• Oura Bay is home to the rare dugong (cousin of the Florida manatee) as well as a fragile marine ecosystem. Construction in Oura would likely spell the extinction of the dugong from Japan and the destruction of the Oura Bay ecosystem.

• Although Futenma is primarily used as a training ground for Marines, the new construction in Henoko would serve as a forward base that the U.S. can use to attack other countries.

• Since 1956, the U.S. military has already appropriated 90% of Henoko Village for Camp Schwab. More military construction would further deny local residents access to their traditional lands and waters.

Money, Military Bases and the Economy in Okinawa

• Okinawa is the poorest prefecture in Japan.

• Every year, the Japanese government pays the U.S. government approximately 2 billion US dollars as a “sympathy budget” for “hosting” the bases. Taxpayers in Japan pay 75% of the expenses of the US military bases in Japan, making Japan by far the biggest contributor of all the US “host nations” in the world.

• In 2004, the total base-related income was 5.3% of the total GDP of Okinawa. However, 70% of that income is actually paid by the Japanese government's “sympathy budget”, which lowers the actual GDP value to less than 2%.

• The high density of military bases on the island hampers the expansion of transportation networks, the systematic development of cities, and the acquisition of lands for industrial use. In addition to the land the U.S. military occupies in Okinawa, it also controls 29 sea zones and 15 areas of airspace around Okinawa, thereby preventing the use of this land, air and water for civilian commercial purposes.

• How much income could be generated if this land, air and water were available for use and development by the local government and civilians is not clear, but in cases where bases have reverted back to Okinawa prefecture for civilian use (like the areas now known as “the American Village” in Chatan and “Shin-toshin” in Naha), the post-base development rendered much more income than when the land was being used as a base. (This also happened when the Subic Naval Base in the Philippines reverted back to civilian use).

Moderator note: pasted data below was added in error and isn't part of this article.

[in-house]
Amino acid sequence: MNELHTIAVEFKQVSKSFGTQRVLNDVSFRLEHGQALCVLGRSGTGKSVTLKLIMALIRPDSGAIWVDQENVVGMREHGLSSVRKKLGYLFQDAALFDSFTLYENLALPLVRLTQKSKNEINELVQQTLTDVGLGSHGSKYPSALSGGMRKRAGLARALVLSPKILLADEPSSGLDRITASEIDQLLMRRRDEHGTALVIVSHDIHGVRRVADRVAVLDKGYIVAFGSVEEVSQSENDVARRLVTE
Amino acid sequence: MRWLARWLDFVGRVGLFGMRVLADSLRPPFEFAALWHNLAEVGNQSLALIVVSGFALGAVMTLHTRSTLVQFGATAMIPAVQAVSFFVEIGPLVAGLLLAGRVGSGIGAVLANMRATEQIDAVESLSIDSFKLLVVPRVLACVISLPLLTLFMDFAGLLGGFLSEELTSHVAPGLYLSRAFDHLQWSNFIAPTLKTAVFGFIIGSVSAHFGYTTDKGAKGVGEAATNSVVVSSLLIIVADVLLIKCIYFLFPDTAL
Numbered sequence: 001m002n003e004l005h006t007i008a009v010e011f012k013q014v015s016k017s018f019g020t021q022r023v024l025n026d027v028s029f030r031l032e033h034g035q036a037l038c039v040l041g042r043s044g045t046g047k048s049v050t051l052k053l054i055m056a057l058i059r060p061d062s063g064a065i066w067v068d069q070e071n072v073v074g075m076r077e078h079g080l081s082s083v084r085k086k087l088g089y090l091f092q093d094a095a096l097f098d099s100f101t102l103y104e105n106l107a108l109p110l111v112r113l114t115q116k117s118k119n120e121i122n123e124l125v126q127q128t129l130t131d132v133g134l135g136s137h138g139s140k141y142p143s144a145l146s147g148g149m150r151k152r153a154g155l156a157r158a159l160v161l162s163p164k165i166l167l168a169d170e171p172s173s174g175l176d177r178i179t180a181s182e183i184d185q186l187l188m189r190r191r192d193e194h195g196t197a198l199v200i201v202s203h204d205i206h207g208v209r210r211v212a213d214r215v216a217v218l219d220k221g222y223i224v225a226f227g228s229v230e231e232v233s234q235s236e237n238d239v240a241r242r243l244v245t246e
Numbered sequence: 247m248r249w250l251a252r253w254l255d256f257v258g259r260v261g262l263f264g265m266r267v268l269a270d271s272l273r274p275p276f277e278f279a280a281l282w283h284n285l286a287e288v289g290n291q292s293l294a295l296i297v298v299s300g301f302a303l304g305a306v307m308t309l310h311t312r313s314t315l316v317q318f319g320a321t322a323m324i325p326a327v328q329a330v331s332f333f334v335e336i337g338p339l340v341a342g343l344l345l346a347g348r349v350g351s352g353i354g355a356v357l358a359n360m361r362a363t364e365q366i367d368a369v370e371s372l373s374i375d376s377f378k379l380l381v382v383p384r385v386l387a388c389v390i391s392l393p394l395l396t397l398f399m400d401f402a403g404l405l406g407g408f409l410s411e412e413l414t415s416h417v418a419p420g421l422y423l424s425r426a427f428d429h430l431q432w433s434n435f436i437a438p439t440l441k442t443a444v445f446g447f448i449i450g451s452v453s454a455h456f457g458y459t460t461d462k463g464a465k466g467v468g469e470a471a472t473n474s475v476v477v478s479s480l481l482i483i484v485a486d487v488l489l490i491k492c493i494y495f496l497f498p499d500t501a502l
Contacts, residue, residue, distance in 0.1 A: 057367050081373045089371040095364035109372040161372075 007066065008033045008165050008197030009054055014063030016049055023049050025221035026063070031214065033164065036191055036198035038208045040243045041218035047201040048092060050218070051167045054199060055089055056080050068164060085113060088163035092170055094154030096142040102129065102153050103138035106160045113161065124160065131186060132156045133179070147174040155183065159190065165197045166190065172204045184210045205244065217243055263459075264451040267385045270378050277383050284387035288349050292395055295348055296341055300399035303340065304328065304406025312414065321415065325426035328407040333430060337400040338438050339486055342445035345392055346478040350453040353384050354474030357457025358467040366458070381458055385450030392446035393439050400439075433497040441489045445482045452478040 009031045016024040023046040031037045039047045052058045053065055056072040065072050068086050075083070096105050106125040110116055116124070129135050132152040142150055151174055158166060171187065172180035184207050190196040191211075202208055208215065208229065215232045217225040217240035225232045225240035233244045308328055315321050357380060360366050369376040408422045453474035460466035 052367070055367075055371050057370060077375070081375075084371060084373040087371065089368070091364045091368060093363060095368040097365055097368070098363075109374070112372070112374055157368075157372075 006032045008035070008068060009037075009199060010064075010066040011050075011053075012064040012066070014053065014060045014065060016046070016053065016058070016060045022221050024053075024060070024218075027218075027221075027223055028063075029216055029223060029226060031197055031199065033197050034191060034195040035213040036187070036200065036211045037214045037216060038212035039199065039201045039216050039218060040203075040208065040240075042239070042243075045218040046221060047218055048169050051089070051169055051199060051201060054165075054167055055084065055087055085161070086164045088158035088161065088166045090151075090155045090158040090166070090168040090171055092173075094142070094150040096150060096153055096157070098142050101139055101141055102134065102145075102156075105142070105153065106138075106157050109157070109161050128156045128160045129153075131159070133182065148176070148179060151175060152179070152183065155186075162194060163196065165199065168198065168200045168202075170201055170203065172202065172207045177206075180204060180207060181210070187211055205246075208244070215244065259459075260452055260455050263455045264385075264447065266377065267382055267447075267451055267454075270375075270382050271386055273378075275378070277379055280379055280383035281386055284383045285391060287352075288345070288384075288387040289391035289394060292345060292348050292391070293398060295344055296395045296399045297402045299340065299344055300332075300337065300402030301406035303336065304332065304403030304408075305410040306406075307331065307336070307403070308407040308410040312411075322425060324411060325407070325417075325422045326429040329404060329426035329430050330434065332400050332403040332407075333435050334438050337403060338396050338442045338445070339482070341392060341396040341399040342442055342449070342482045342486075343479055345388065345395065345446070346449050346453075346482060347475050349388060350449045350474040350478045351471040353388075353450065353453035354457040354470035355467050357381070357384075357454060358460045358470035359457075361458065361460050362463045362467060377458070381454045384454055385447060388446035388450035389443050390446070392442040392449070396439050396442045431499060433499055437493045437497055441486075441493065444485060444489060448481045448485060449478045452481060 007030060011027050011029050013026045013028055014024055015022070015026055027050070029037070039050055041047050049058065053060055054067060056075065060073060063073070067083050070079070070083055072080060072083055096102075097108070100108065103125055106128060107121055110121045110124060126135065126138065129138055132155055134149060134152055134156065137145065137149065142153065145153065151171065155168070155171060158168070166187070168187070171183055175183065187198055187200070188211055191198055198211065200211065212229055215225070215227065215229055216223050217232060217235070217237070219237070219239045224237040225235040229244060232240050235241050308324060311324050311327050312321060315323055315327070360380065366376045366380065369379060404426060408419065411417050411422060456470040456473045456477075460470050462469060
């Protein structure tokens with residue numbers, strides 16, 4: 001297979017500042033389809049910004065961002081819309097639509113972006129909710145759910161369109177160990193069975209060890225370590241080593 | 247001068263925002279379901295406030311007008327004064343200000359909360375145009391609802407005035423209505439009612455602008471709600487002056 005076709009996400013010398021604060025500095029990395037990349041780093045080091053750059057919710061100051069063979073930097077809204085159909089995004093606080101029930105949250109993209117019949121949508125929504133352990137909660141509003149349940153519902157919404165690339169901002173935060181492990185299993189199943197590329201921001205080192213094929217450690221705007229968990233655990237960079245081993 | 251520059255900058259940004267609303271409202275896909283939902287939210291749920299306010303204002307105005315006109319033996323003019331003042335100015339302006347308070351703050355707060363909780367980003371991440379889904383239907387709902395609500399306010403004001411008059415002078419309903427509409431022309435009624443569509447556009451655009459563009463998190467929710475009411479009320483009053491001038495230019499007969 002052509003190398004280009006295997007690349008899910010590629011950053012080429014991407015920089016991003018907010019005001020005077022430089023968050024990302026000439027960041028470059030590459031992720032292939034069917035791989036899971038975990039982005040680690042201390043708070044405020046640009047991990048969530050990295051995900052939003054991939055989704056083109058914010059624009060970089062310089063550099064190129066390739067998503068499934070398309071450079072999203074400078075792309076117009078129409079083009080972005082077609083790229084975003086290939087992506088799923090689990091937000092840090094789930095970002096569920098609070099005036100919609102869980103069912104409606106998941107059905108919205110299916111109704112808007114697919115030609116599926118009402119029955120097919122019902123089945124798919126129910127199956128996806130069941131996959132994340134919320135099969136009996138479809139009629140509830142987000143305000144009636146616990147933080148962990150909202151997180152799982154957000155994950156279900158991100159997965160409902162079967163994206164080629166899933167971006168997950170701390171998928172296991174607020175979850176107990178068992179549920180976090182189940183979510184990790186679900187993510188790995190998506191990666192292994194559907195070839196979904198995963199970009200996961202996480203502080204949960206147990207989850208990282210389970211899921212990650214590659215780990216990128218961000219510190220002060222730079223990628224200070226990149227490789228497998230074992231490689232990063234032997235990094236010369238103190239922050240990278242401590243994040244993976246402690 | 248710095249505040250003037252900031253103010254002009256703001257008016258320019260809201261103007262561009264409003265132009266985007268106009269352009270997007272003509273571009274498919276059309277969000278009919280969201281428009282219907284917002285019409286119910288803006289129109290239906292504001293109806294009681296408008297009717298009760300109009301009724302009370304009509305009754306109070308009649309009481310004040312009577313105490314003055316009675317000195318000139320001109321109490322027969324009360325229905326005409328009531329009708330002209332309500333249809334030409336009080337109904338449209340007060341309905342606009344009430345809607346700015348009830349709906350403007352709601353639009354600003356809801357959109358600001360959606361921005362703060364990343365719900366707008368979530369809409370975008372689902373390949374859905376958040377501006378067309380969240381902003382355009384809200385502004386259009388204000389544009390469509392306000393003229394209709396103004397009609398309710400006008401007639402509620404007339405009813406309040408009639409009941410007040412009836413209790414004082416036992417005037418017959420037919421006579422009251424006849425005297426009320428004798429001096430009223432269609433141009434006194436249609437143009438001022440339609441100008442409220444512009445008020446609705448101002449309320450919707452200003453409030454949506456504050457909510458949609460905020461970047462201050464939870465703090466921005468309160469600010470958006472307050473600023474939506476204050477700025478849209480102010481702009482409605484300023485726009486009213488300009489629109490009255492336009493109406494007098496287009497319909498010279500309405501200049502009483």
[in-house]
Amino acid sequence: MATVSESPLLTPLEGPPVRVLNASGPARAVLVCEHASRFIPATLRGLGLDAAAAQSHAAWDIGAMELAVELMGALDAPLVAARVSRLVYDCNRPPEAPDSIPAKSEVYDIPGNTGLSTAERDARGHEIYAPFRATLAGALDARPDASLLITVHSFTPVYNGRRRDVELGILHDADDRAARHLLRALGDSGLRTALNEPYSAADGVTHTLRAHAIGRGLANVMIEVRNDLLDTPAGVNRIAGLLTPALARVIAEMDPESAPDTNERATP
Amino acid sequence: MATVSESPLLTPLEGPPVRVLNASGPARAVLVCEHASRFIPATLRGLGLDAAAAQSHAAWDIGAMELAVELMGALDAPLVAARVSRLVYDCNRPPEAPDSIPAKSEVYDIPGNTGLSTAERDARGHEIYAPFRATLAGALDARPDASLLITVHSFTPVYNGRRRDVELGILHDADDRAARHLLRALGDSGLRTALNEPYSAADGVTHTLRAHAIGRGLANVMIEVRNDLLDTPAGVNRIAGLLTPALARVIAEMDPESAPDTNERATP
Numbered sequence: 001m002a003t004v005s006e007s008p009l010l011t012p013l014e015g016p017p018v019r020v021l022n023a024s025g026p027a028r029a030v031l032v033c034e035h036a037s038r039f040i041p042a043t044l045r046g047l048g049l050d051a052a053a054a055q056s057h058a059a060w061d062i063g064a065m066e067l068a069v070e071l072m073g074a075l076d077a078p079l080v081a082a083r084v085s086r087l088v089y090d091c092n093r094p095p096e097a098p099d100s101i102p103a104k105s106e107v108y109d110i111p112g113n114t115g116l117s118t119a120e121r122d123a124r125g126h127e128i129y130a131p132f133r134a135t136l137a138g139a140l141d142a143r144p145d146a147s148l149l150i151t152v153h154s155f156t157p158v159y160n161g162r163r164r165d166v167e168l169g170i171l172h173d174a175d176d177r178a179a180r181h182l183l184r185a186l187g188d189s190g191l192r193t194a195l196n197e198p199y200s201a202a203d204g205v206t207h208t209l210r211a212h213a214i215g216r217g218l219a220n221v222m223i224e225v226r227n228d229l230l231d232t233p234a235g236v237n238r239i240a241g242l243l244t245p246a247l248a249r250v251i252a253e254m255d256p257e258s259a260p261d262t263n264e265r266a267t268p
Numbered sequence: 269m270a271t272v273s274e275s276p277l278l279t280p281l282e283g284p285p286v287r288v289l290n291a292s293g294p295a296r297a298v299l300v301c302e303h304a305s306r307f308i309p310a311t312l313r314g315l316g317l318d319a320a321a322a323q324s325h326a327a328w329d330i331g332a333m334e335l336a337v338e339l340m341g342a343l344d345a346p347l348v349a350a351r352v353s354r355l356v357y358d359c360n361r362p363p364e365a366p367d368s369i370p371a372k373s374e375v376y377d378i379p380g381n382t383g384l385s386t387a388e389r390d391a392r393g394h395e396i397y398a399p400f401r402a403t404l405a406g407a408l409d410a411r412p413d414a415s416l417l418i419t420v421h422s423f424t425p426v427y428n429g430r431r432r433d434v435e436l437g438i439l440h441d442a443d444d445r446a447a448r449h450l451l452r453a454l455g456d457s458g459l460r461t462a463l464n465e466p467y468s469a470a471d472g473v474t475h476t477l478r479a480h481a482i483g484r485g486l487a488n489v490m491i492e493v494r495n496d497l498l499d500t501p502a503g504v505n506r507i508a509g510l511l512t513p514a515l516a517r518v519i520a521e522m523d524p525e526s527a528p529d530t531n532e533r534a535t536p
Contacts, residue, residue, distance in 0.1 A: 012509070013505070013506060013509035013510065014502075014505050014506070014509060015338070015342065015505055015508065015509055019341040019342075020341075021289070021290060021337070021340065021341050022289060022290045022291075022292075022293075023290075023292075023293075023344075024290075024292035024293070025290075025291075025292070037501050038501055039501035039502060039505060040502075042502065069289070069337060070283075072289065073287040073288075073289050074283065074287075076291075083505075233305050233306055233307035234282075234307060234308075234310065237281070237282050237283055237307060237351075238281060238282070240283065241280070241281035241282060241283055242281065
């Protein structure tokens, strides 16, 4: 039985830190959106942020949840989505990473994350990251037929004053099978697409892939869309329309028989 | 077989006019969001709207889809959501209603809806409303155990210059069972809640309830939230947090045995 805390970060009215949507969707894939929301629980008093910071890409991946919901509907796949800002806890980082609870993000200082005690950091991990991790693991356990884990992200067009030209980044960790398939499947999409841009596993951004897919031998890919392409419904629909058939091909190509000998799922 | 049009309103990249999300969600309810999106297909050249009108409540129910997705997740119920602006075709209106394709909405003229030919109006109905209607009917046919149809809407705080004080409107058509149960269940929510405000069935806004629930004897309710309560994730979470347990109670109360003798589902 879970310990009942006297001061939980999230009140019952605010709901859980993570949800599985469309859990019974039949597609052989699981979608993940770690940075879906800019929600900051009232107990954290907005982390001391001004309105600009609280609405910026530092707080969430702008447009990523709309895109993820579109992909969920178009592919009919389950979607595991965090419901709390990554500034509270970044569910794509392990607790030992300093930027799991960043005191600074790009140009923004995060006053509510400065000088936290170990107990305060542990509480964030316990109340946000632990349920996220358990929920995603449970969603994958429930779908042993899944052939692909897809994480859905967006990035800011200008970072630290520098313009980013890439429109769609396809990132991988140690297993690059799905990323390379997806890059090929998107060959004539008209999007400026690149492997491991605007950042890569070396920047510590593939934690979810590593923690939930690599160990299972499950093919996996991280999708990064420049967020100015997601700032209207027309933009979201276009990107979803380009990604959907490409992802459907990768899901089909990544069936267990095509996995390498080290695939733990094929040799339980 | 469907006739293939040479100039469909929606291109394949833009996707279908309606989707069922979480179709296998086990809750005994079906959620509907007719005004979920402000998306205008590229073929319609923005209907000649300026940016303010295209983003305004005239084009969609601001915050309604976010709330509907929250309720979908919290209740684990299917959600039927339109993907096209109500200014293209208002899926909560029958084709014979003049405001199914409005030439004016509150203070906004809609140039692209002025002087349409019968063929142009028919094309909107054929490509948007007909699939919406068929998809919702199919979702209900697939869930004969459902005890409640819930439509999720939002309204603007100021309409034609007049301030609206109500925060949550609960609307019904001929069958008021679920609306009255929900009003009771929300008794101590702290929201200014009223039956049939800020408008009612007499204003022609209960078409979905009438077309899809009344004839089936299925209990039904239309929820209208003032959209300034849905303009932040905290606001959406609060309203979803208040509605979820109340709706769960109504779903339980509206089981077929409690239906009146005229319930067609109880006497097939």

• Red sweet potato production and traditional weaving in Okinawa's Yomitan village stand out as a successful case of sustainable, community-based economic development, and serve as a positive model for other communities in creating local alternatives to a military-dependent economy.

• The Japanese government is expected to pay for the relocation facility in Henoko (6 billion dollars) and more than 50% of the 11 billion dollars the U.S. will use to transfer Marines and their family members from Okinawa to Guam.

Foreign Military Bases Around the World

Islands around the world have historically been abused by foreign military powers, which see them as globally strategic points on which to base military operations. Thus, big military powers have turned small villages, beaches, farmland, and sacred sites on islands around the world into shooting ranges, housing for military personnel, nuclear dumps, military aircraft runways, entertainment facilities for soldiers, etc. Doing so has typically destroyed economies self-sustained by farming, fishing and manufacturing into economies dependent on service industries, base-related rent, aid and compensations payments.

Island militarization figures include:
• 24% of Oahu is owned by the U.S. military.

• 30% of Guam is in U.S. military hands (this will jump to 40% when Marines are relocated from Okinawa to Guam)